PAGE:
Takes about a minute to grind all this to a perfect relish consistency.

Here's some helpful cranberry relish advice that you will want to follow, assuming that you make this once and immediately declare that you wish you had more of this or could save some for next summer. Try buying eight pounds of cranberries and a full bag of oranges. This stuff freezes exceptionally well, so plan on freezing one cup portions that you can easily thaw when you want to add a lovely burst of color to a table or just want a crazy good dollop of tangy cranberries on your mid-May turkey sandwich.

I didn't have any cooked poultry available, so please take my word that this tastes heavenly on any type of bird. Say you have some chicken breasts in the oven, but you become distracted by one child while his tiny partner in crime tosses your timer into the sink. Dried out chicken? Boom. Cranberry relish to the rescue! Imagine a boring leftover turkey sandwich promoted to gourmet status by some leafy greens and the zing from this cranberry relish. But just between us, you don't need anything but a ramekin dish and a spoon to enjoy this stuff.

Digging into some of this deliciousness in a few short days!

What dish signals Thanksgiving and the coming holiday season for you? We would love to hear from you!

Henderson's Annual Tribute to Veterans

Before Memorial Day is too far past us, I want to share with the rest of you fine Kentuckians something special that we Hendersonians observe every year.  Our Central Park is always lovely, but this is the time of year when walking or driving by has us all stopping to reflect upon our vast freedoms and those who have served our military forces to preserve them. Imagine gazing out at over 4,600 of these crosses, each one a tribute to a deceased Henderson veteran.

A section of crosses erected annually in Henderson's Central Park

For the past 67 years, these crosses have been displayed in conjuncture with Henderson's unique and emotional Memorial Day Service. I am willing to admit that as a very young child, I thought that all these people were buried in Central Park. I am only admitting this because I bet I'm not alone! Once I grew old enough to know better, I realized what an enduring, tangible reminder our community has of the many sacrifices made by our brave veterans.

Henderson County Judge-Executive, Hugh McCormick, expressed the hope that children would always be present at the annual ceremony and carry on this important tradition. The photos in this post were provided by Henderson County native Rhonda Cravens Richard, who has blessed me with years of friendship and has deep connections to our flag (She was born on Flag Day, naturally!), to exercising our right to vote, and certainly to all generations of her family. She relayed to me the story of her eldest daughter visiting the Central Park crosses of her grandfather and great-grandfather (Rhonda's daddy and grandaddy) with her great-grandmother, Emma Cravens. At that time, Ms. Cravens was able to show her the crosses and tell her all about her grandfather. She has since lost most of her eyesight, which makes the picture below all the more moving. If I know one little girl who will carry the patriotism of the Central Park crosses and the Memorial Day Ceremony in her heart, here she is:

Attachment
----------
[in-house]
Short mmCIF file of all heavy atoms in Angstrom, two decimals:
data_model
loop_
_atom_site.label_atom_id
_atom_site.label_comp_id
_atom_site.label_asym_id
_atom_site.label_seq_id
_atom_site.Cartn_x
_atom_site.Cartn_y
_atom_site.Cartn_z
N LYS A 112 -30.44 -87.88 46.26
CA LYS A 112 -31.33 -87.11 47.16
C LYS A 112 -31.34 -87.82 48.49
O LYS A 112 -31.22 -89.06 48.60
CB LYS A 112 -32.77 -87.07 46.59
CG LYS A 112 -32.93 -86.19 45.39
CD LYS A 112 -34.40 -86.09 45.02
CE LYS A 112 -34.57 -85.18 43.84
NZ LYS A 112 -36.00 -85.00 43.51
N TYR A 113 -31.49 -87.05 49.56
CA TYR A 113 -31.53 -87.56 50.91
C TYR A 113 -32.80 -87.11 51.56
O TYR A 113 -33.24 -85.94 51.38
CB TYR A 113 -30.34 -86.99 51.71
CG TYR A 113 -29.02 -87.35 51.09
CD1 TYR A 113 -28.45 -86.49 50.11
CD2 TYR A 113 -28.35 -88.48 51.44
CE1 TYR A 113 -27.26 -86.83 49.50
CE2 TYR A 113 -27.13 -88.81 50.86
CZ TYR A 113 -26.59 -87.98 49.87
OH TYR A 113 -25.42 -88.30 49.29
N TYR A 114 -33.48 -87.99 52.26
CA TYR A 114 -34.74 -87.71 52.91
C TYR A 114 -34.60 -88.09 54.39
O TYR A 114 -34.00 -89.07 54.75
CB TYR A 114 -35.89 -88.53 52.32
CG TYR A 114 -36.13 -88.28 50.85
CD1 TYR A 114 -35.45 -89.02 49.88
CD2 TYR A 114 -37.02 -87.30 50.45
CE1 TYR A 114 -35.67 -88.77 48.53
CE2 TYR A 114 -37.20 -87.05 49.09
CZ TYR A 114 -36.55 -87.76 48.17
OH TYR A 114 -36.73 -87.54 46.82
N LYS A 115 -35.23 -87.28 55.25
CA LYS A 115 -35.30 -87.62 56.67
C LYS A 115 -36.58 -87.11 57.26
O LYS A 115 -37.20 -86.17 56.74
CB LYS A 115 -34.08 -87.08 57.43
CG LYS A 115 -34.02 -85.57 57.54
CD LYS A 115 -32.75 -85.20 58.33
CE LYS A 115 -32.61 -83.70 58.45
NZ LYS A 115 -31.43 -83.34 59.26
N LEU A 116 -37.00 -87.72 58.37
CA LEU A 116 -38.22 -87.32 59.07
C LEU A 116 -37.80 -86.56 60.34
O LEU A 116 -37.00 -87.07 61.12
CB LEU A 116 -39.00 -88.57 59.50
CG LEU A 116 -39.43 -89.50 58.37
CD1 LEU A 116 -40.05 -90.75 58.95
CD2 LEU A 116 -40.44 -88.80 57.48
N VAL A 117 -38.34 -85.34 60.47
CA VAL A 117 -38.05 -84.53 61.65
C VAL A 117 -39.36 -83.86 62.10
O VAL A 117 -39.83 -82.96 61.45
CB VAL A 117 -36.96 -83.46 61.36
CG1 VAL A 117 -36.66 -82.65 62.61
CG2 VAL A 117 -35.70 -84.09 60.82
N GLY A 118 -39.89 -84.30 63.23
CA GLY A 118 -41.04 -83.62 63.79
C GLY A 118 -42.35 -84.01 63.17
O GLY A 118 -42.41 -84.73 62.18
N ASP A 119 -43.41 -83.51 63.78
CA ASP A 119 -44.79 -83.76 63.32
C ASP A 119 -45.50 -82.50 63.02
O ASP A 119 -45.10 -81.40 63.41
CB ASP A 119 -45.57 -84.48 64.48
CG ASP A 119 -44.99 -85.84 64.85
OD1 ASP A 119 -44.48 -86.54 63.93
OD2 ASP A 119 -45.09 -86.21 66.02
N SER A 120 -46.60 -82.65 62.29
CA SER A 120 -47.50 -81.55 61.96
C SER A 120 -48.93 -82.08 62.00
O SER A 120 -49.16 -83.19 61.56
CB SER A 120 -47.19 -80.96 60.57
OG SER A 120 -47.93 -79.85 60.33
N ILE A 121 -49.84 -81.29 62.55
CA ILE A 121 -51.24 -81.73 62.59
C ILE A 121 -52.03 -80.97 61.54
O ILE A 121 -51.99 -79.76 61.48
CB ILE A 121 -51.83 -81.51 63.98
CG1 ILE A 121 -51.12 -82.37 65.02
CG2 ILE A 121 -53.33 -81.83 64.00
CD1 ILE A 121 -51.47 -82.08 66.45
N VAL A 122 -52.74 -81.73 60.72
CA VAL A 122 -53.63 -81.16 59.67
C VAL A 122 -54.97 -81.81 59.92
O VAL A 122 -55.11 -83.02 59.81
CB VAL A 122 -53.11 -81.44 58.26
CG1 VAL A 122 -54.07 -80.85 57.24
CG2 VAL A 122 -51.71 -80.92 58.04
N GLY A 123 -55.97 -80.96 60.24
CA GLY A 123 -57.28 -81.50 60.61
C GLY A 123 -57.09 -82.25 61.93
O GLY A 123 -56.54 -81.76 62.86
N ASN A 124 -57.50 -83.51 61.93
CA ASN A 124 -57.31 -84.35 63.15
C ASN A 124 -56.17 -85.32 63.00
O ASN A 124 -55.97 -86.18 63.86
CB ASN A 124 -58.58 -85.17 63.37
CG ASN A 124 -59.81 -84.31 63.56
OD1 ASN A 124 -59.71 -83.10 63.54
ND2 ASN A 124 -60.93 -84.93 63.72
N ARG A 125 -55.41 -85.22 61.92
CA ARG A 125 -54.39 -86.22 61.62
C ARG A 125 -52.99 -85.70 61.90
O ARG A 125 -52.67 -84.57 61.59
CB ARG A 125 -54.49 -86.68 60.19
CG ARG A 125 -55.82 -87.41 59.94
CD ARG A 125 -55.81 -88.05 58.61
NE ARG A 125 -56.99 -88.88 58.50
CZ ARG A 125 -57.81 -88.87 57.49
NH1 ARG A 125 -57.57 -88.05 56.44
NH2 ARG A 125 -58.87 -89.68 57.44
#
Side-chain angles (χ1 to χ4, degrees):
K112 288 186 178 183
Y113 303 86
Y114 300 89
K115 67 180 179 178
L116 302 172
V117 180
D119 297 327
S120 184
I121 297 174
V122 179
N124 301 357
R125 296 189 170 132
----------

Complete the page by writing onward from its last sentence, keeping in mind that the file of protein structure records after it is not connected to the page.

My flag loving friend's sweet daughter, Annaleigh, hearing all about her grandfather and
great-grandfather from her precious great-grandmother.

Read more about this longstanding Henderson tradition in this recent article by the Gleaner.

What does your hometown do to honor its past and present military service members?

Dogwood and Redbud Winters

Have y'all noticed how cold it's been lately? The flowering trees are in bloom, and  the temperature is dipping down into the 40s at night. Of course, there's an old-timey mountain tradition to explain the phenomenon. Here's an essay, first posted here on HerKentucky last year, about just that. -- HCW

When I was growing up in the mountains of Eastern Kentucky, I rolled my eyes at a lot of conventional mountain wisdom.  Some of that was, of course, the traditional child's prerogative; parents and grandparents simply can't know what they're talking about with their old-fashioned perspectives.  And, to this Muppets-and-Madonna-loving child of the '80s,  old-timey mountain traditions seemed a relic of a long-gone era. 

As an adult, I've had to rescind quite a bit of my know-it-all scorn. The twangy mountain music that my granddaddy played on his vintage Martin guitar sounds curiously like the hipster-standard Raconteurs and Avett Brothers tracks that fill my iPod.  My grandmother's Crisco-and-butter cooking turned out to be far healthier than the fake food revolution of my childhood.  And, so many pieces of folk wisdom -- the most embarrassing, "unscientific" observations of the natural world -- have turned out to be true.  I've been forced to eat my words time and again.  The most dramatic example is Redbud Winter and its close, usually later, cousin Dogwood Winter.  

Now, when I was a kid, I hated hearing about these supposed weather phenomena.  When the first warm spring rolled around, it should be warm and pretty and springy from then on.  Without fail, someone would note "Oh, it'll get cold again.  We haven't even had Redbud or Dogwood winter yet.  Don't put your coats away." That was surely just an old wives' tale.

Except, it wasn't.  Every spring, the pretty, delicate blooms on the flowering trees brings a dramatic cold snap.  This year was no different -- last week brought 85 degree days, then the redbuds and dogwoods started to peek out.  As I started to unpack my spring dresses and shorts, I immediately thought that I'd better leave out a few cold weather items, just in case.  Of course, redbud winter came a few short days later, bringing cold mornings and brisk days.  

I guess the old-timers are right after all.

{all photos taken in my mom's Floyd County backyard}